Elaine Marshall, the North Carolina Secretary of State who heads financial securities efforts, heartily endorsed crowdfunding legislation passed by the General Assembly this week.

After a final vote on Tuesday, the bill known as Providing Access to Capital for Entrepreneurs and Small Business was sent to Gov. Pat McCrory who has long called for passage of such a bill. (See links with this post to document the bill’s path to passage over the past two weeks.)

The PACES Act could provide new capital for startups and investment opportunities for people who don’t meet strict personal wealth criteria for typical investments.

“All over our State, many new and small businesses find it difficult to access financial capital to start their venture, or to fund expanding their operations,” Secretary Marshall said in a statement issued Wednesday afternoon.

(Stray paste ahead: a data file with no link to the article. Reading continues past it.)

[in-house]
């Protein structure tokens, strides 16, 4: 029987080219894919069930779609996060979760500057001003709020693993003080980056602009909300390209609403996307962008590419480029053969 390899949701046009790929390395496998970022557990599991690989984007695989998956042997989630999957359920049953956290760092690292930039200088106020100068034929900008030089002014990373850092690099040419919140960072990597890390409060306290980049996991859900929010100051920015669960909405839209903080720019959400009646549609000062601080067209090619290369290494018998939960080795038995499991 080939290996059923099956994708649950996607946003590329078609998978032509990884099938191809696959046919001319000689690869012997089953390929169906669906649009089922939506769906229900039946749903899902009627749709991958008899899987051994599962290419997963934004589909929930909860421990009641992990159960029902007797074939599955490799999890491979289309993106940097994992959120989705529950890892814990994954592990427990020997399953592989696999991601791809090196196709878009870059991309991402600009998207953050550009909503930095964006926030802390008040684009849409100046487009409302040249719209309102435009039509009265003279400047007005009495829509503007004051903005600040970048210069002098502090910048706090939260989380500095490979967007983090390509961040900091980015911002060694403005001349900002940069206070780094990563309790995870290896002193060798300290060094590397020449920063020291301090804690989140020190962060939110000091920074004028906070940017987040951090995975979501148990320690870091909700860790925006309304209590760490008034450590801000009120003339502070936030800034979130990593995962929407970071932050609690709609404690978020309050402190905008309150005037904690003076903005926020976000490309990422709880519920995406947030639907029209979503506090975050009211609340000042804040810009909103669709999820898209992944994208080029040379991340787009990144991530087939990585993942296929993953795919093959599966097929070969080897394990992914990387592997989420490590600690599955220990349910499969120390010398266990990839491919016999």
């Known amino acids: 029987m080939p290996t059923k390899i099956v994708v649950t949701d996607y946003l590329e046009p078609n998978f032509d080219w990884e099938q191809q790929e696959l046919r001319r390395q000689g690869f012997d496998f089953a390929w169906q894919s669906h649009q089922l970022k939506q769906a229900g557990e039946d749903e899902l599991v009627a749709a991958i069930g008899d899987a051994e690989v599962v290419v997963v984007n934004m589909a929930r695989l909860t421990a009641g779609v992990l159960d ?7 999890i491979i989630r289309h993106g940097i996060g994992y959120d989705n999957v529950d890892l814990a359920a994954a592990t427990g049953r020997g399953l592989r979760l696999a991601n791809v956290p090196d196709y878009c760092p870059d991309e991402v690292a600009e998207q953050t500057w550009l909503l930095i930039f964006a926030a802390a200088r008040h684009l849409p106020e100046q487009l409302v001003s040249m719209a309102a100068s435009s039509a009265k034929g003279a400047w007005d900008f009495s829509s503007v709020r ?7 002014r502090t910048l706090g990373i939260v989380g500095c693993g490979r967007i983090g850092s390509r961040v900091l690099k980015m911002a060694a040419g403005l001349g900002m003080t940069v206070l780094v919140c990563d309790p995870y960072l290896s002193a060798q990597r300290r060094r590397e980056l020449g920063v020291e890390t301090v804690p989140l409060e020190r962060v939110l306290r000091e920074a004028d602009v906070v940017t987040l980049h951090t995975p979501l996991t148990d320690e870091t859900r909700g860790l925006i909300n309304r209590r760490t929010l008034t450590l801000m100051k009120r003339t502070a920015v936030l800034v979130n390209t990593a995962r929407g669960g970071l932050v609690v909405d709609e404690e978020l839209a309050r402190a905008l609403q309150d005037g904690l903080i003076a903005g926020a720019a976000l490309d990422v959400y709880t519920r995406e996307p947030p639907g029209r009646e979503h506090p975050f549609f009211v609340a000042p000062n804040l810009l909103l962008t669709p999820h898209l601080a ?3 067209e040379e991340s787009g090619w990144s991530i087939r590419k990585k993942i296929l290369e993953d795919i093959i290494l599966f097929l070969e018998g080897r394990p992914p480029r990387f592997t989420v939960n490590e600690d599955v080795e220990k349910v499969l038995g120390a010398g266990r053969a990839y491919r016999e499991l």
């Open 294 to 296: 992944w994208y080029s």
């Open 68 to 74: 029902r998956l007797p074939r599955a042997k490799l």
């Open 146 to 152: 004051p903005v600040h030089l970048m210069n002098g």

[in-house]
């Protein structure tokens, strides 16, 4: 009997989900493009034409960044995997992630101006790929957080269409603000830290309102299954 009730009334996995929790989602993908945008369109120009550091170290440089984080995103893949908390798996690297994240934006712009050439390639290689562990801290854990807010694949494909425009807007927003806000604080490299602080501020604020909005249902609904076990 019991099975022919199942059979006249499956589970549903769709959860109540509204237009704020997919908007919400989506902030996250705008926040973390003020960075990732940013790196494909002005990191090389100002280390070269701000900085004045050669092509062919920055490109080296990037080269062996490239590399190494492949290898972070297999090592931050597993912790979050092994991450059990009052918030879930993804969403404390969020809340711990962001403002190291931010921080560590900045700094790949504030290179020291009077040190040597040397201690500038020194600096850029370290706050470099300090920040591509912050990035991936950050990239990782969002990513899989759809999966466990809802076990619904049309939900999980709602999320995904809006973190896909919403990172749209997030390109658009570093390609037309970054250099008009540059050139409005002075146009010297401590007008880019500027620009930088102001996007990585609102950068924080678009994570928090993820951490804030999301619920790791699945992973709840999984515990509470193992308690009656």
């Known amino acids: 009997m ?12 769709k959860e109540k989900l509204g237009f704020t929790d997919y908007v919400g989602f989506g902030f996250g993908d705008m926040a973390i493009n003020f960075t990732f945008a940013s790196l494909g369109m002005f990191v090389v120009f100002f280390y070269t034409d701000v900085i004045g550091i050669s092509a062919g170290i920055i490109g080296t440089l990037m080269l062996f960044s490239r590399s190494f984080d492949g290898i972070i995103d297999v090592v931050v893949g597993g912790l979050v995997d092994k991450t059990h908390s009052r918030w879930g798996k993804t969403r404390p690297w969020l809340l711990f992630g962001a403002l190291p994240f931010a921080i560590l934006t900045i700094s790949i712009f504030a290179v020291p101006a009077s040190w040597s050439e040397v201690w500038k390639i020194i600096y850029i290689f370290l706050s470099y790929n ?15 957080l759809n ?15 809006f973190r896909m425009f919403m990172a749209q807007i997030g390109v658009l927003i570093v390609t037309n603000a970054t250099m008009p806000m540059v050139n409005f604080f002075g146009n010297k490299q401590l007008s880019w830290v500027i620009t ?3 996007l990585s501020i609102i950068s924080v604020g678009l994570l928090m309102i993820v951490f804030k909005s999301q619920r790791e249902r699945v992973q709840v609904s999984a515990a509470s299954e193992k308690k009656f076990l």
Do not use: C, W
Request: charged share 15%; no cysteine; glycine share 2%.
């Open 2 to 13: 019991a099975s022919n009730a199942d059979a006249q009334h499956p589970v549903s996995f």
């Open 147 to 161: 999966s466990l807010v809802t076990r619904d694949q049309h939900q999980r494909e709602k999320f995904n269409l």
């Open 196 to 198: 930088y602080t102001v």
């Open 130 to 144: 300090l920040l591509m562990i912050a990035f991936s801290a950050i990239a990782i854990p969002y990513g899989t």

“A new form of capital formation has emerged in the marketplace in recent years—crowdfunding—that allows companies to openly solicit and sell to Main Street investors, through the internet and elsewhere, and this legislation will permit small investors to invest this way in North Carolina.”

Marshall said the bill has what her office called a “right mix” of protections for investors as well as limits.

First authorized by Congress in 2012 and supported by recent SEC guidelines, crowdfunding is emerging as a growing means of providing capital for startups. More than 30 other states have passed crowdfunding bills.

Previous bills had failed to get out of the General Assembly despite bipartisan support.

“[I]n an era where access to capital is extremely challenging, crowdfunding has the potential to be an innovative new way to infuse much needed financial capital into these sectors,” Marshall said.

Marshall said her office worked closely with legislators in creating the bill.

Assuming McCrory signs it, her office will “do rulemaking for the new law,” Marshall’s office said. .